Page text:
IBS is found in 10 to 15 percent of American adults, and it’s more common in women than men. Doctors aren’t sure what causes the disorder. Many believe that the nerves or muscles of the intestine are overactive, or spastic.

IBS symptoms include:

The first-line treatment for IBS is to adjust diet. Your doctor may recommend eliminating foods that cause gas, such as cabbage, carbonated beverages, and beans. Some people may benefit from a gluten-free diet.

3. Giardiasis

Giardia lamblia is a microscopic parasite that causes inflammation and an infection of the digestive system, called giardiasis. You can get this infection by drinking contaminated water, eating food washed or prepared with contaminated water, or swimming in contaminated water. The parasite can also spread from person to person, usually by exposure to infected feces.

Symptoms of giardiasis include:

Giardiasis usually goes away without treatment within about two weeks. If it lasts longer, your doctor may confirm you have the infection by testing a sample of your stool. They may prescribe antibiotics.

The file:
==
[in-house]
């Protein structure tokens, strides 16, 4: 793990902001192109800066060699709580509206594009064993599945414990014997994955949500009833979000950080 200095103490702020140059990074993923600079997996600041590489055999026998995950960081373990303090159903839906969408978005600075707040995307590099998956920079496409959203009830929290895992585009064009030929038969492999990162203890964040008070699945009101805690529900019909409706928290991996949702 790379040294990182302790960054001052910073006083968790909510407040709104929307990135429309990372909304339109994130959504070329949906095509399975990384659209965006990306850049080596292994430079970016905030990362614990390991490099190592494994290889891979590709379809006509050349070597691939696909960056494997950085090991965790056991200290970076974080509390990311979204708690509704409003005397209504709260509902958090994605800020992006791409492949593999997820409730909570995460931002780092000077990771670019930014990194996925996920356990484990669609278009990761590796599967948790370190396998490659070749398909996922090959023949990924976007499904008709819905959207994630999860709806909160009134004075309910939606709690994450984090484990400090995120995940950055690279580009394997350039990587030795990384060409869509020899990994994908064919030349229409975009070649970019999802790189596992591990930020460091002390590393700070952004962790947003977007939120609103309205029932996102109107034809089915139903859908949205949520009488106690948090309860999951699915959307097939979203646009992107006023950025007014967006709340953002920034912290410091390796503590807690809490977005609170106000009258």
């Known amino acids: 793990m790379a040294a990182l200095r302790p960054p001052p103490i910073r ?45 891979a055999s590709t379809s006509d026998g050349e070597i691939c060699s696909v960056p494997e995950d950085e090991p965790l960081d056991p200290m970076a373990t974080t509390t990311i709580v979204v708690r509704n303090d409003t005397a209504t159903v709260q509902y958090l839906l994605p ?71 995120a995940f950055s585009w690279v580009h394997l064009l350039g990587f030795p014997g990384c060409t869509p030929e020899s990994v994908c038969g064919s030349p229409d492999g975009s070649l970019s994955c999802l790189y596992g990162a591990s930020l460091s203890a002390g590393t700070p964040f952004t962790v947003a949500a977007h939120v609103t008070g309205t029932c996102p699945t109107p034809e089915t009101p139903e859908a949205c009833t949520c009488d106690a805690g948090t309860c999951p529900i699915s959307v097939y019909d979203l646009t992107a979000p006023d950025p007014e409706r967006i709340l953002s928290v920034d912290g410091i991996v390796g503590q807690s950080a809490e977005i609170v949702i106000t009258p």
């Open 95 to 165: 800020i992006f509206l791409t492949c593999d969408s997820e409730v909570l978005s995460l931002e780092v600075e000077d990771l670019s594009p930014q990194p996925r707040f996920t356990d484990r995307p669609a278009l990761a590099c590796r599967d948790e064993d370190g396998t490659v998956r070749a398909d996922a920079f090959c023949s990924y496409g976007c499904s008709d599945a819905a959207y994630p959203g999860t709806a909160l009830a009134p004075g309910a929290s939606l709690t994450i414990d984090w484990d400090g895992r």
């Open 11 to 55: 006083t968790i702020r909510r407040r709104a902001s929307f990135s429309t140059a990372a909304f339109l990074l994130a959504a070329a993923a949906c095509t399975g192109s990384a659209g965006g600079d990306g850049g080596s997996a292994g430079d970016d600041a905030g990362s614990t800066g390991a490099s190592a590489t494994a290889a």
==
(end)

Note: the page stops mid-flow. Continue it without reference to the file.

4. Pancreatitis

Pancreatitis is an inflammation of the pancreas. The pancreas is a gland that’s part of your digestive system. Its role is to release food-digesting enzymes and to regulate your body’s blood sugar levels. In people who have pancreatitis, the enzymes that aid digestion begin to digest the pancreas instead of sugars.

Pancreatitis can be an acute event that heals in days, or it can be a chronic condition. Acute and chronic pancreatitis often require a hospital stay, during which you’ll fast under medical supervision, or possibly have surgery. People with chronic pancreatitis may experience fat malabsorption and fatty stools.

People between the ages of 30 and 40 are at higher risk of developing acute and chronic pancreatitis, and both are more common in men. The cause of pancreatitis isn’t well known, but it can run in families. Drinking too much alcohol, smoking, abdominal surgery, gallstones, and cystic fibrosis are common risk factors for developing pancreatitis.

Symptoms of pancreatitis include:

  • nausea
  • vomiting
  • diarrhea
  • steatorrhea
  • pain in your upper abdomen
  • weight loss
  • diabetes

When should you see a doctor?

If you’re stool isn’t back to normal in a few days, you should let your doctor know. Many things can cause foamy bowel movements. The examinations and tests used to make a diagnosis will vary according to all of your symptoms and your health history.

Symptoms you should always report promptly include:

  • mucus or blood in your stool
  • diarrhea lasting more than two days or 24 hours for a child
  • a fever of 101.5˚F (38.6˚C) or greater or 100.4˚F (3˚C) for a child
  • acute or persistent pain

Outlook for foamy poop

Most of the time, foamy stool will clear up on its own in a few days. If it persists or you experience warning symptoms like stool mucus or blood, see your doctor. You may have an underlying condition that requires treatment.